I approach cases such as this one very conservatively at first. Because the patient is at least of early presbyopic age, if her injured eye is nondominant, then she may find her myopic spherical equivalent of -2.25 D tolerable as a monovision setup. Typically, near vision is better than distance vision in early presbyopes with irregular corneas, so this option may be realistic. If not, the next conservative approach would be to conduct a contact lens trial (especially if the affected eye is nondominant) to achieve a distance BCVA of 20/25, as reported here. This result might be tolerable with bilaterally functional vision for distance.

As for surgical options, the highest probability of success would be with truly topography-driven excimer laser surface ablation, a procedure not yet available in the United States. The closest option, approved by the FDA as a humanitarian device exemption in December 2001, would be the use of the Visx Custom Contoured Ablation Pattern treatment (C-CAP; Abbott Medical Optics Inc.). Used for surface ablation in a transepithelial fashion, the C-CAP method is designed to treat offcenter ablations that appear as paracentral islands, as in this case. I would apply MMC 0.02% after the ablation was complete to minimize the risk of further postoperative haze/scarring. I would also prescribe cyclosporine ophthalmic emulsion 0.05% (Restasis; Allergan, Inc.) for at least 6 months postoperatively to serve as an immunomodulator in an effort to minimize corneal haze.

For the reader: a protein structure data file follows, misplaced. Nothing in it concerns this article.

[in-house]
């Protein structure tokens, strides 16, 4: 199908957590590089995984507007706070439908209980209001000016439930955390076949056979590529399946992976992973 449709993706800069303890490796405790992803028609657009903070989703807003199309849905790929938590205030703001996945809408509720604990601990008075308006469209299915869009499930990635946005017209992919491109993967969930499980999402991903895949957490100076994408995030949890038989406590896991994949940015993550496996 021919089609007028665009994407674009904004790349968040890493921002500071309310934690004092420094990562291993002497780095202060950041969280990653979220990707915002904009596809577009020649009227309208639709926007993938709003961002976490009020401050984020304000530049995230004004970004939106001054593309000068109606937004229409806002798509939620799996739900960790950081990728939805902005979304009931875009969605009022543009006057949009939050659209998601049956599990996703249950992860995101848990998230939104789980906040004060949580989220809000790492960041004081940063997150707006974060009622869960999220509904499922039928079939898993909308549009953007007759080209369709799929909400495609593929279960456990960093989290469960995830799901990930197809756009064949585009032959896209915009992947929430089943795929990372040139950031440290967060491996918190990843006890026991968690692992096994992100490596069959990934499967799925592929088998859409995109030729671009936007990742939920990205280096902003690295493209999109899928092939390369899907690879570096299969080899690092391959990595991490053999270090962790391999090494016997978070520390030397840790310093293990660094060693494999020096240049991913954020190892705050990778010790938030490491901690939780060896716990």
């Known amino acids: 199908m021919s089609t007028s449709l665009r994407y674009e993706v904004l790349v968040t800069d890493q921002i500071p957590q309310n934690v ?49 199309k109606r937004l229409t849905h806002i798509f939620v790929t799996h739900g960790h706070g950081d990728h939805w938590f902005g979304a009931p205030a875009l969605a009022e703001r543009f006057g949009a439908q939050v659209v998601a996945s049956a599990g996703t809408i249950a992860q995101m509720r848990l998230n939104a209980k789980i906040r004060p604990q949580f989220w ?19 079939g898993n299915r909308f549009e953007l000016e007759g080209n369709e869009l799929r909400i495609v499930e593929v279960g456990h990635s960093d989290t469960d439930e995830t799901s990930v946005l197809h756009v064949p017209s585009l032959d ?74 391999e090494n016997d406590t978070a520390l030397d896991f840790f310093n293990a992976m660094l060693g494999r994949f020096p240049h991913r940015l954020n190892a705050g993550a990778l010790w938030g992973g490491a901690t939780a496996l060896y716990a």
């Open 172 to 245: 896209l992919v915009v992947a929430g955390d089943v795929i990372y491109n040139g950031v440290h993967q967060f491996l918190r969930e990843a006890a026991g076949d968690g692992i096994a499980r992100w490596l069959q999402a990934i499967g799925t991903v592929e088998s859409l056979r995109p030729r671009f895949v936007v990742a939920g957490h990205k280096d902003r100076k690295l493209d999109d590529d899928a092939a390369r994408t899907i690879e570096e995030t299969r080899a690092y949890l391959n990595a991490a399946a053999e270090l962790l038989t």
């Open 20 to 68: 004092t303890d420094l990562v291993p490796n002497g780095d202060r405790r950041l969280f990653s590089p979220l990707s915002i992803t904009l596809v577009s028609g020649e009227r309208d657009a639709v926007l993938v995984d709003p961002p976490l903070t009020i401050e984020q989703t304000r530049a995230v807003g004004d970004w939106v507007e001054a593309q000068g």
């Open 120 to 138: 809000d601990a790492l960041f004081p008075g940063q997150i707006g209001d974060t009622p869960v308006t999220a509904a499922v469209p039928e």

A more aggressive surgical option, which could be considered a last resort, would be to create a free cap and perform an autorotation to try to remove the scarred area from the visual axis. In my opinion, this procedure would be extremely difficult and dangerous due to the traumatic, full-thickness laceration of the flap. Any rotation would therefore most likely splay that weakened area farther open and create more irregularity in the corneal surface. A final but plausible surgical option would be to amputate the flap and wait for full surface re-epithelialization, with the use of MMC 0.02% and cyclosporine to prevent corneal haze postoperatively. After a minimum of 3 to 6 months for healing, the surgeon could then decide on the next step for the patient.

GASTON O. LACAYO III, MD

The primary issue is managing the irregular astigmatism induced by the corneal trauma. An evaluation of the Nidek OPD-Scan (Nidek, Inc.) shown in Figure 2 reveals a paracentral area of irregular astigmatism just nasal to the visual axis. If the LASIK interface is stable and there is no progression of epithelial cells or scarring, I would consider multiple options for rehabilitating the patient’s vision. First, I would offer a contact lens. An RGP lens should reduce the irregular corneal astigmatism and help achieve her BCVA. Alternatively, a scleral lens could improve her vision by reducing the effects of the corneal opacity. A soft contact lens would also be an option to reduce the refractive error, but it usually cannot correct ghosting.